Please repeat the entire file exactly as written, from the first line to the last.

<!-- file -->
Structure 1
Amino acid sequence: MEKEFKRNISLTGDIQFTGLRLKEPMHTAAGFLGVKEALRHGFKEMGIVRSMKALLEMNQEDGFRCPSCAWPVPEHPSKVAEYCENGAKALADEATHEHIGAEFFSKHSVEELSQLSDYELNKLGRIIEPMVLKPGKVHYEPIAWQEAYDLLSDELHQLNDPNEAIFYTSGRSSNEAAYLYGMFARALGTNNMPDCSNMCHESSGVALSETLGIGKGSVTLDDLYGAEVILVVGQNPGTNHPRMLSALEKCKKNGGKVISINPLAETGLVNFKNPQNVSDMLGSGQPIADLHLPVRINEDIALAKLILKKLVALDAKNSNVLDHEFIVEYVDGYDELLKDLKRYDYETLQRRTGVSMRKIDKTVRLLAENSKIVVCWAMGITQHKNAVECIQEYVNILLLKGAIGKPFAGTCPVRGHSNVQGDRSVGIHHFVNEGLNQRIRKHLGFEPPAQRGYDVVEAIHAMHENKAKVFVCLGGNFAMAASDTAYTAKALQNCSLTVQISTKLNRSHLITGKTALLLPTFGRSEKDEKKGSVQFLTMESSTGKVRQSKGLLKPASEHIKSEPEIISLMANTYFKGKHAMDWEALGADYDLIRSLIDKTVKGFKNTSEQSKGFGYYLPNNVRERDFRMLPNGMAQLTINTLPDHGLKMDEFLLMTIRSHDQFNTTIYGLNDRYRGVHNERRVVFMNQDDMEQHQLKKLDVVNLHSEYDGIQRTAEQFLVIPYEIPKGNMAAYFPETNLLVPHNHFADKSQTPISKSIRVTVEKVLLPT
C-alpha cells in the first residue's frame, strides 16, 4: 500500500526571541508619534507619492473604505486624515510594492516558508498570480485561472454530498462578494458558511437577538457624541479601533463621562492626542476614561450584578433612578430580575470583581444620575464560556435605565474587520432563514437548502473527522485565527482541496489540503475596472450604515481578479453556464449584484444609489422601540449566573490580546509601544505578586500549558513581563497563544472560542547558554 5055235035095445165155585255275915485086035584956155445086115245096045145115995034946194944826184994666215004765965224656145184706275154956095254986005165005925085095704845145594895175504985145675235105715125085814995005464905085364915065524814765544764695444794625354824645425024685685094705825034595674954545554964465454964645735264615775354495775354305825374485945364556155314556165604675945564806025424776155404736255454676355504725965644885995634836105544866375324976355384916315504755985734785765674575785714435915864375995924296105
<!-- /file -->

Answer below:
Structure 1
Amino acid sequence: MEKEFKRNISLTGDIQFTGLRLKEPMHTAAGFLGVKEALRHGFKEMGIVRSMKALLEMNQEDGFRCPSCAWPVPEHPSKVAEYCENGAKALADEATHEHIGAEFFSKHSVEELSQLSDYELNKLGRIIEPMVLKPGKVHYEPIAWQEAYDLLSDELHQLNDPNEAIFYTSGRSSNEAAYLYGMFARALGTNNMPDCSNMCHESSGVALSETLGIGKGSVTLDDLYGAEVILVVGQNPGTNHPRMLSALEKCKKNGGKVISINPLAETGLVNFKNPQNVSDMLGSGQPIADLHLPVRINEDIALAKLILKKLVALDAKNSNVLDHEFIVEYVDGYDELLKDLKRYDYETLQRRTGVSMRKIDKTVRLLAENSKIVVCWAMGITQHKNAVECIQEYVNILLLKGAIGKPFAGTCPVRGHSNVQGDRSVGIHHFVNEGLNQRIRKHLGFEPPAQRGYDVVEAIHAMHENKAKVFVCLGGNFAMAASDTAYTAKALQNCSLTVQISTKLNRSHLITGKTALLLPTFGRSEKDEKKGSVQFLTMESSTGKVRQSKGLLKPASEHIKSEPEIISLMANTYFKGKHAMDWEALGADYDLIRSLIDKTVKGFKNTSEQSKGFGYYLPNNVRERDFRMLPNGMAQLTINTLPDHGLKMDEFLLMTIRSHDQFNTTIYGLNDRYRGVHNERRVVFMNQDDMEQHQLKKLDVVNLHSEYDGIQRTAEQFLVIPYEIPKGNMAAYFPETNLLVPHNHFADKSQTPISKSIRVTVEKVLLPT
C-alpha cells in the first residue's frame, strides 16, 4: 500500500526571541508619534507619492473604505486624515510594492516558508498570480485561472454530498462578494458558511437577538457624541479601533463621562492626542476614561450584578433612578430580575470583581444620575464560556435605565474587520432563514437548502473527522485565527482541496489540503475596472450604515481578479453556464449584484444609489422601540449566573490580546509601544505578586500549558513581563497563544472560542547558554 5055235035095445165155585255275915485086035584956155445086115245096045145115995034946194944826184994666215004765965224656145184706275154956095254986005165005925085095704845145594895175504985145675235105715125085814995005464905085364915065524814765544764695444794625354824645425024685685094705825034595674954545554964465454964645735264615775354495775354305825374485945364556155314556165604675945564806025424776155404736255454676355504725965644885995634836105544866375324976355384916315504755985734785765674575785714435915864375995924296105